Early-bird tickets still up for grabs to Portsmouth America’s Cup World Series 2016

Crowds watch the America's Cup World Series in July in Portsmouth
Crowds watch the America's Cup World Series in July in Portsmouth
The countryside surrounding Harting Down in the South Downs National Park, in West Sussex.

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THE Portsmouth region is being urged to rally behind next year’s America’s Cup World Series as the clock ticks down to the end of an early-bird ticket offer to the sailing spectacle.

Discounted advance tickets to the July 2016 Southsea regatta, featuring Sir Ben Ainslie’s Portsmouth-based Land Rover BAR team and five international sides, have been on sale since Tuesday, November 10.

This year, over 250,000 people visited the city and enjoyed some of the best sailing seen in the UK in decades. Next year, they have the ability to do that again.

Councillor Donna Jones, leader of Portsmouth City Council

While organisers Team Origin won’t reveal how many have been sold, they insist there’s been a strong take-up.

And they are urging people to still take up the chance to bag early-bird tickets to the all-improved race village, which is to feature near Southsea Castle, before the offer ends on Sunday, December 6.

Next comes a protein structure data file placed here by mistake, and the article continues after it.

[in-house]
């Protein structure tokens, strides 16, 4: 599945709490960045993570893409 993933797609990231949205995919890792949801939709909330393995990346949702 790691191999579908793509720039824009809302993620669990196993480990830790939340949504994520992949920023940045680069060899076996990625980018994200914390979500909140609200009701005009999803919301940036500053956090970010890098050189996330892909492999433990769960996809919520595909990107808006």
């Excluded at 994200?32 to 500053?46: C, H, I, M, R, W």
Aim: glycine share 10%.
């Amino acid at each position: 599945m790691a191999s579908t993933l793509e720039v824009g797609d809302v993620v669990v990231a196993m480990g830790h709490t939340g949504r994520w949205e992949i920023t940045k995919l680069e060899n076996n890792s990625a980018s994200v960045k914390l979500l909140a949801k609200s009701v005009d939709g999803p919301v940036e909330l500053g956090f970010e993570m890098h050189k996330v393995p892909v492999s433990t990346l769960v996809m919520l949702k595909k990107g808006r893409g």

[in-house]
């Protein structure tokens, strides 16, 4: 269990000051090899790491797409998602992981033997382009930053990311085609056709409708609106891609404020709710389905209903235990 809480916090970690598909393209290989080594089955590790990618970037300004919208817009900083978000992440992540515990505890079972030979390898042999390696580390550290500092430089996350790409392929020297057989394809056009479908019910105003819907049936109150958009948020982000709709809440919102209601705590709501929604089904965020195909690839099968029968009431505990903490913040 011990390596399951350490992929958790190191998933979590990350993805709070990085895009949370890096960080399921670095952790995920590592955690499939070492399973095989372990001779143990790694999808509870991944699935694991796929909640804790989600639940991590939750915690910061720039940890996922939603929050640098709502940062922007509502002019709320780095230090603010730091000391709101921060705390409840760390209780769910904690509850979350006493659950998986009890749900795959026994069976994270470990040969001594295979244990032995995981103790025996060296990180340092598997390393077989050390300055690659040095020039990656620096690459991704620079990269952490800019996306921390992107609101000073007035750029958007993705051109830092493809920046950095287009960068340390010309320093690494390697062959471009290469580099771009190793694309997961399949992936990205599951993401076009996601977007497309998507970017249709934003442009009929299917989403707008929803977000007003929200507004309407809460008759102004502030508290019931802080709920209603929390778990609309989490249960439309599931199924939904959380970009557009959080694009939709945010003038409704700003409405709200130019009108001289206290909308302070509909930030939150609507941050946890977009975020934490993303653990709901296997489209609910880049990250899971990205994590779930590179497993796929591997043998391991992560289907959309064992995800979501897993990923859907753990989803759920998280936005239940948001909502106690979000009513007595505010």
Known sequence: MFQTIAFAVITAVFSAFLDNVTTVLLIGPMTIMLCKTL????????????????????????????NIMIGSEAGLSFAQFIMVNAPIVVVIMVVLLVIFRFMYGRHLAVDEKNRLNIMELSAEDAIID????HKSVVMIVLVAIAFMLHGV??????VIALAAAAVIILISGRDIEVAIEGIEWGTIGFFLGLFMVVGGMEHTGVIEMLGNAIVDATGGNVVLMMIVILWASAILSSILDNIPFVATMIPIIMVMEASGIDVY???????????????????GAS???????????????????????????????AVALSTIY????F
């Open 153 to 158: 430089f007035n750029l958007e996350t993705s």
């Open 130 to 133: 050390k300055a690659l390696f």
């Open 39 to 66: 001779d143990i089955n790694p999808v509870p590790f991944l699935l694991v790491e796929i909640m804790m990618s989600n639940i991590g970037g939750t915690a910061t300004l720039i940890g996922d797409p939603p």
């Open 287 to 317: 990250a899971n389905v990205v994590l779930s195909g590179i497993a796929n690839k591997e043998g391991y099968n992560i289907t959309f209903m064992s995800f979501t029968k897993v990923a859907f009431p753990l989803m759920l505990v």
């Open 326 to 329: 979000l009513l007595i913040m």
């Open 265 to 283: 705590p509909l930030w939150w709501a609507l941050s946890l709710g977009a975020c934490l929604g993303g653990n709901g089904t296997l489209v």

The village will boast a ‘technology zone’ covering the history of the cup, a children’s zone and a market with exhibitions.

Early passes cost £19.80 for adults, £9.90 for children aged five to 15, and under-fives go free. The cost also covers a booking fee.

Tickets for premier grandstand seating have almost sold out.

Councillor Donna Jones, leader of Portsmouth City Council, said it was hugely important spectators pack out Southsea to make the regatta better than the one held this summer, which kicked off the America’s Cup qualifiers ahead of the 2017 finals in Bermuda.

She said: ‘The ACWS Portsmouth is one of the biggest events in the annual calendar.

‘This year, over 250,000 people visited the city and enjoyed some of the best sailing seen in the UK in decades.

‘Next year, they have the ability to do that again.

‘It’s a great opportunity, and an important event to aide the city’s regeneration.’

Southsea Common meanwhile will be a unrestricted, non-ticketed area, so anyone can show up with picnics and drink and enjoy watching all of the racing action.

It follows complaints made about strict security rules on food and drink this year and about boards going up around the common to separate ticket holders from the public.

An economic report published into this year’s world series revealed spectators spent £5.9m and the benefit to the UK economy through the event was £4.3m after costs were taken into account, with £1.3m coming Portsmouth’s way and Hampshire enjoying £1.6m of benefits.

For tickets, go to acwsportsmouth.com